The Super football match launching the new football season was played today nine months after the Portsaid massacre when 74 Ahly Ultras fans, young men in their teens and twenties, were brutally killed. No verdict has yet been announced in the case. However, matches had been put on hold in honour of the fallen. Egyptians were so devastated they didn’t want to watch football, and many construed watching a football match as a betrayal to those slain.
The Ahly Ultras, in particular, were against reinstating the matches until a judgment befalls those who murdered their comrades. They insisted they would stop this particular match between Ahly and Enbi. With foreboding anxiety, Egyptians watched. Would this confrontation cause another massacre? Are young men so ready to give up their lives?
The Ultras traveled to Alexandria where the match was to take place, blocked the entrance to the hotel where the players were staying. When bus drivers refused to take them to the stadium, they decided to walk to Borg El Arab—a good 40 Km. Simultaneously, those who hadn’t travelled to Alexandria congregated on Mohamed Mahmoud Street in the vicinity of the Ministry of Interior in Cairo.
The Ultras remained defiant ready to die for their cause, egged on by the tweeters and other prominent speakers. The officials were adamant, too, that the match proceeds as planned.
At the end, the match did indeed take place. The players were sneaked out of the hotel and rushed to the secured stadium, and they went ahead with the game. True the match was delayed an hour, but it is being played as I write this post. Needless to say, the general atmosphere is not conducive to a good competitive match, indeed no spectators were allowed in the stadium, but the game went on nonetheless.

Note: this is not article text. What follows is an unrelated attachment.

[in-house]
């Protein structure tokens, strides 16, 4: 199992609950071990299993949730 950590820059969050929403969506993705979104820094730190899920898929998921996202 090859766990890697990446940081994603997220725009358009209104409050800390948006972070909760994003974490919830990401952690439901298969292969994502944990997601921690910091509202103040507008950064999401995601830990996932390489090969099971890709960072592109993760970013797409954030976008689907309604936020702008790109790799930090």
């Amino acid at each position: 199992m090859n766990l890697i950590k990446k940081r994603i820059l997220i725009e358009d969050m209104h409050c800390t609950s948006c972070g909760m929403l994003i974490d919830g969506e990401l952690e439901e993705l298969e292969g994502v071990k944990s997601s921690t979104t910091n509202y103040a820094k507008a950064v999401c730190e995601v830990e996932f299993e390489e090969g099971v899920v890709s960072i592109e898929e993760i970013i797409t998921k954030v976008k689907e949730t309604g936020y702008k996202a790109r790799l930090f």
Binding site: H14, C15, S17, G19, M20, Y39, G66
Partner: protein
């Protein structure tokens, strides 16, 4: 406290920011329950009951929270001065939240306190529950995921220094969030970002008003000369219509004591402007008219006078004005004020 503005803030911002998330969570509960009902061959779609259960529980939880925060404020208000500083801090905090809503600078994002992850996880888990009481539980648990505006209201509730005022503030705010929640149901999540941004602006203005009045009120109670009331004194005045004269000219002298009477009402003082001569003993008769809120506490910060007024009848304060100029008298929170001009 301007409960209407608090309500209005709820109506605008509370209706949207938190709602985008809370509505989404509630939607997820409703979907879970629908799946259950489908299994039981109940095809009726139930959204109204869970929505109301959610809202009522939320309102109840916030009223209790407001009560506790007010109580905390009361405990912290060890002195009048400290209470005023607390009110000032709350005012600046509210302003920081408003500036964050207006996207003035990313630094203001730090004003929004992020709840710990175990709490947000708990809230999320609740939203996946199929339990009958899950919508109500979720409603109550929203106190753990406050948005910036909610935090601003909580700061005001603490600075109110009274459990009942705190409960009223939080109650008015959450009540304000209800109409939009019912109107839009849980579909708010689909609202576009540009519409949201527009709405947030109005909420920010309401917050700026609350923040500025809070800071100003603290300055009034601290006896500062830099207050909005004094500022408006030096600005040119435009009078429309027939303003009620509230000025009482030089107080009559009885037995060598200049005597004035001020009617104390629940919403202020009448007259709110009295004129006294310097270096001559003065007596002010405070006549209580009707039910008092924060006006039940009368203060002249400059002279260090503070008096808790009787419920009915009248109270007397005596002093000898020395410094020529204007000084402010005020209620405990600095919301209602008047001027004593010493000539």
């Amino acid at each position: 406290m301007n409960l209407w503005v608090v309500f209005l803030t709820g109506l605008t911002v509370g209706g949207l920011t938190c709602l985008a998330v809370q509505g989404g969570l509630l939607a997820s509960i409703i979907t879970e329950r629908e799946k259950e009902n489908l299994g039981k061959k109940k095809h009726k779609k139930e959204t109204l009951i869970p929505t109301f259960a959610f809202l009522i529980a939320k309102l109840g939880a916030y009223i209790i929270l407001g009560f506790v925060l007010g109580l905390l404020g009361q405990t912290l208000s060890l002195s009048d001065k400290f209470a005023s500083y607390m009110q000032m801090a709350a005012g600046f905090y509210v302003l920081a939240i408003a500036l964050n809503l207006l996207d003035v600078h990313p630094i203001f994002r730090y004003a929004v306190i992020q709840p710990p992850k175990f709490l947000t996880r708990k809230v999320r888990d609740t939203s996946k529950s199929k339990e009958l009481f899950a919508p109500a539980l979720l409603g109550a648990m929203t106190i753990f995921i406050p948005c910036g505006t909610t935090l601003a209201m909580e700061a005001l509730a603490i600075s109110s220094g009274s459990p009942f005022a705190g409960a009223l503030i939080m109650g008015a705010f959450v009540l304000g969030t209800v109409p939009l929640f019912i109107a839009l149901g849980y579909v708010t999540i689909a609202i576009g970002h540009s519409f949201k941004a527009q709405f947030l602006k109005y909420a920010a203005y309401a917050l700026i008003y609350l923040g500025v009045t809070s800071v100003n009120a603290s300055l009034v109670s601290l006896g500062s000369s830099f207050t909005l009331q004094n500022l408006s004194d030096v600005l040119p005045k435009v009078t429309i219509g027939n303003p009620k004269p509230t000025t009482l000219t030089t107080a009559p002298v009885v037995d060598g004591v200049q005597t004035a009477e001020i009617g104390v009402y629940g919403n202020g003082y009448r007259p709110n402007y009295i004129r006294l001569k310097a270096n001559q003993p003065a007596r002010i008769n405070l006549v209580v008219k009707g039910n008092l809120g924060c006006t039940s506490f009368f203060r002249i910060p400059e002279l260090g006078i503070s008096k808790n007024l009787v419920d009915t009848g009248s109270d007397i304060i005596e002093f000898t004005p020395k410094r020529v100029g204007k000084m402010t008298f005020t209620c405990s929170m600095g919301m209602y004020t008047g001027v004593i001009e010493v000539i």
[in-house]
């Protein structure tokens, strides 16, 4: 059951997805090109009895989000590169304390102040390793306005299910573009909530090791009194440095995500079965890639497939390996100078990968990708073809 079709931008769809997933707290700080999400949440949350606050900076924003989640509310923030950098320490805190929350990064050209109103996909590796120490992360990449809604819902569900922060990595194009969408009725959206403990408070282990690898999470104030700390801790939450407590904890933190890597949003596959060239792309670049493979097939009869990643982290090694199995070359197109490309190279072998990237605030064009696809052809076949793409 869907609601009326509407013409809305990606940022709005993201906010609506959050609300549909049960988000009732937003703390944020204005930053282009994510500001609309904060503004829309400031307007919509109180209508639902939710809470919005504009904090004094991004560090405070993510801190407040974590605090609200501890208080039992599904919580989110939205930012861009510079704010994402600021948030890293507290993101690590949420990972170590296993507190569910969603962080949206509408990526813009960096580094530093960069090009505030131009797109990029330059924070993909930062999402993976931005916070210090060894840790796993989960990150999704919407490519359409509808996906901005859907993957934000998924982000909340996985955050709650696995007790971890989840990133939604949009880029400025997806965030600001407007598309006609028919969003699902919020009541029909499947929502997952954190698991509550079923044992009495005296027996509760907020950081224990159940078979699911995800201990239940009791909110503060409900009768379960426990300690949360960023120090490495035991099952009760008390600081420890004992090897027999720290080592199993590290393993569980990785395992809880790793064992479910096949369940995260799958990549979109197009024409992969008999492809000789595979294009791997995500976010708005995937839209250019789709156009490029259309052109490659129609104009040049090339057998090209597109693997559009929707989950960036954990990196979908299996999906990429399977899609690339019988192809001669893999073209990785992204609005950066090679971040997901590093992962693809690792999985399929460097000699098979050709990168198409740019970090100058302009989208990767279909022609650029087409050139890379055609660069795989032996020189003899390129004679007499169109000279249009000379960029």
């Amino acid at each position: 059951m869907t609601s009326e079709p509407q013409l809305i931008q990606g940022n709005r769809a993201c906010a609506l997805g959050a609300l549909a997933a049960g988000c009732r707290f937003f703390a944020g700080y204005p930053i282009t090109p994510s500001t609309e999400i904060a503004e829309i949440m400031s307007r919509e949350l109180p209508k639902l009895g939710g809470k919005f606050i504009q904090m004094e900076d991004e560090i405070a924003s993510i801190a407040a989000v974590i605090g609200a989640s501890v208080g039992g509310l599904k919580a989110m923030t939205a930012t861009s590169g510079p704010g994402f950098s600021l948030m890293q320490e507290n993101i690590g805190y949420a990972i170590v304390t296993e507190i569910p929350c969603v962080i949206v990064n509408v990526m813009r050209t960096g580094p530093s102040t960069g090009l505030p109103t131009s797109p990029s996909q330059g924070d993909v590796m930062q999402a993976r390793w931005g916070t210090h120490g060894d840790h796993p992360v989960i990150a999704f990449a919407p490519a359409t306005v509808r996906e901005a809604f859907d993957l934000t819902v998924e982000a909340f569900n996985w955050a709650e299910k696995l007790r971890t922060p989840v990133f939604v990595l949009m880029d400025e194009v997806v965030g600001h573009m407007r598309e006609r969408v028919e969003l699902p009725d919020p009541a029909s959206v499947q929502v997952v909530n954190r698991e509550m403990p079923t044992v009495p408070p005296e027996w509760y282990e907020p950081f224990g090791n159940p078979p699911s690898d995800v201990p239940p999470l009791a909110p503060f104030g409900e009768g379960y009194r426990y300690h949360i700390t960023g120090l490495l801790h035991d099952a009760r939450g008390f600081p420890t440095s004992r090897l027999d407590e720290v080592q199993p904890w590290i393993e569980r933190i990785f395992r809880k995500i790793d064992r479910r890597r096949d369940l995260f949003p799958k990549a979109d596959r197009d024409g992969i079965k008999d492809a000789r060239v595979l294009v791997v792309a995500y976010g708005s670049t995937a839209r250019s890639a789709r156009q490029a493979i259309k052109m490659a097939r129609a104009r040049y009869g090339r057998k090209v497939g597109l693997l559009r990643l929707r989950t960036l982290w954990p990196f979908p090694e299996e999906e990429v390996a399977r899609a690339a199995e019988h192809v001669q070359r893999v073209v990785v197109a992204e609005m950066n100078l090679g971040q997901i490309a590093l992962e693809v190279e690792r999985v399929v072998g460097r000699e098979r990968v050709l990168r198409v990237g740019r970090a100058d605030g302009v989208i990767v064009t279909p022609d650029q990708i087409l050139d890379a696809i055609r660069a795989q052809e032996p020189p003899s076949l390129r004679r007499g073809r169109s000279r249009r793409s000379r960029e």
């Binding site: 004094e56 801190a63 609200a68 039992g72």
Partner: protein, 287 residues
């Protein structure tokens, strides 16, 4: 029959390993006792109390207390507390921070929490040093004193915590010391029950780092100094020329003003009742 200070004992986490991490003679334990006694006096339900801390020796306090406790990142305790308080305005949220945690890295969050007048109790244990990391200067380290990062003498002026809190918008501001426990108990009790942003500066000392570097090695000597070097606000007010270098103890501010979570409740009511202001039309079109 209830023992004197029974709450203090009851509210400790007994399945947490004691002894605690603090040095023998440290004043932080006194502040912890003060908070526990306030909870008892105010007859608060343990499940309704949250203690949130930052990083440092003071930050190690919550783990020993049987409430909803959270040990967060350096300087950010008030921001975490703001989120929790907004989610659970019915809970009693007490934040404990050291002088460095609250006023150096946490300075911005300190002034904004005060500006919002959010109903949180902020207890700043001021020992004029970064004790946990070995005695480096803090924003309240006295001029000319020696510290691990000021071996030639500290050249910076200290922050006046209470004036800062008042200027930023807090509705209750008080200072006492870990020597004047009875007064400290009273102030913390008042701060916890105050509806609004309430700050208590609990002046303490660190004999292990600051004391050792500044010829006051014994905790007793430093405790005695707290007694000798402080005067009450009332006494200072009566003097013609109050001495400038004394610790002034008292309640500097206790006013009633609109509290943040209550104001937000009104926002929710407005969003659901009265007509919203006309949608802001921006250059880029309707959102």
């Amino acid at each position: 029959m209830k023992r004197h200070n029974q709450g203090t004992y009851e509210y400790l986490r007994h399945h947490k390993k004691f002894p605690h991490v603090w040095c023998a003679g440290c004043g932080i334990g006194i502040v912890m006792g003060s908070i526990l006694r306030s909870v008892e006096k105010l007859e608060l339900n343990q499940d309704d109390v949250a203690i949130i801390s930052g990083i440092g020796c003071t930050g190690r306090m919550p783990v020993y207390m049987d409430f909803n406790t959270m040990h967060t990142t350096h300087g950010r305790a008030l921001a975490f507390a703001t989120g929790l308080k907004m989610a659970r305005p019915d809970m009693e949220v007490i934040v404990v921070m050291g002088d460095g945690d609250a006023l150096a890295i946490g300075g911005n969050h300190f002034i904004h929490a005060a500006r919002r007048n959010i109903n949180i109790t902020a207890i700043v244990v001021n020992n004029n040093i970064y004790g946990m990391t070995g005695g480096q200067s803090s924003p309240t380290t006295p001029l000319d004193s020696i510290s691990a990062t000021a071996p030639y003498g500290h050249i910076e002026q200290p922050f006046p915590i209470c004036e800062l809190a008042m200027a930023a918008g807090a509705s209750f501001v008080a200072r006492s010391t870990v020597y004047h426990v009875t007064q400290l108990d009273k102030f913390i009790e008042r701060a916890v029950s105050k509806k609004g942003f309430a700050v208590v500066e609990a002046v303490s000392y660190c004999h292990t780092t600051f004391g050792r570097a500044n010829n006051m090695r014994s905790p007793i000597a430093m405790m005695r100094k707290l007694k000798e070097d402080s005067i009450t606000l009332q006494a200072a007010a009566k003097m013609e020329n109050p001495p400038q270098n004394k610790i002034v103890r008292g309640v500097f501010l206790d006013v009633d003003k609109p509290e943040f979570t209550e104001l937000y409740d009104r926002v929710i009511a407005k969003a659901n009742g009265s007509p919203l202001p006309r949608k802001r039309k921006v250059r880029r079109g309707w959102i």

This is one of the few times that protestors demand a change, be it rightfully or wrongfully, and officials don’t comply. This is definitely a different approach from the last 18 months.
The institutions governing Egypt since the revolution, be it SCAF, the government(s), the police force, or officials in general had been unable to handle the protests. Intimidated and worried they’d cause more harm than not, they had always relented and given in to every claim. True many of the ultimatums set by protestors were valid, but many others weren’t; disappointingly, it became the norm to expect to achieve the best and speediest results by protesting, demonstrating, and striking.
This time it didn’t work out that way, and it seems that officials were not intimidated enough. They set a precedent. The moral behind their action is protesting may not get you what you want after all. And many Egyptians agree with this outcome. As much as Egyptians are devastated over the Portsaid massacre, many realize that better ways exist to achieve results than protesting and disputing forcefully.
Egyptians must choose their battles wisely. So much needs to be changed in Egypt, but if we draw the country to a standstill for every personal wrong, it would reach gridlock. Public bus drivers, teachers, flight attendants, and union workers are a mere few of those who have gotten the country to a standstill. They stood on rails, closed airports, disrupted classes, and defied systems. It seems very self-centered to bring the country to a halt every time someone is dissatisfied. Resorting to disruption is abusive.
And extremes don’t end there. Families of criminals demand their discharge; others attack the judges if they don’t like the verdict. And radical Muslims vow to cut water and electricity if the Coptic governor is not removed—all cases where fairness is abused and justice is smeared.
I’m not saying we should stop protesting. Quite the contrary—protesting remains the only way we can remain loyal to the Revolution, vigilant against atrocities, and caring enough to create change.
However, there are battles and there are battles. Egyptians must prioritize. If Sinai becomes a hotbed for Islamists or is about to be taken over, we fight; if the Ikhwan force all women to wear the hijab against their wish, we protest; if communication is censored or freedom of speech is curtailed, we go to Tahrir. Still, we cannot protest against every cause, be it minor, personal, or debilitating to others because other Egyptians will take this as a green light: let’s get what we want by force.
Before Egyptians mistake lawlessness for freedom, before the state loses the respect of its people altogether, before every Egyptian circumvents the law and goes after the wrongdoers personally, this had to happen. And it did.
Let’s choose our battles wisely, Egyptians.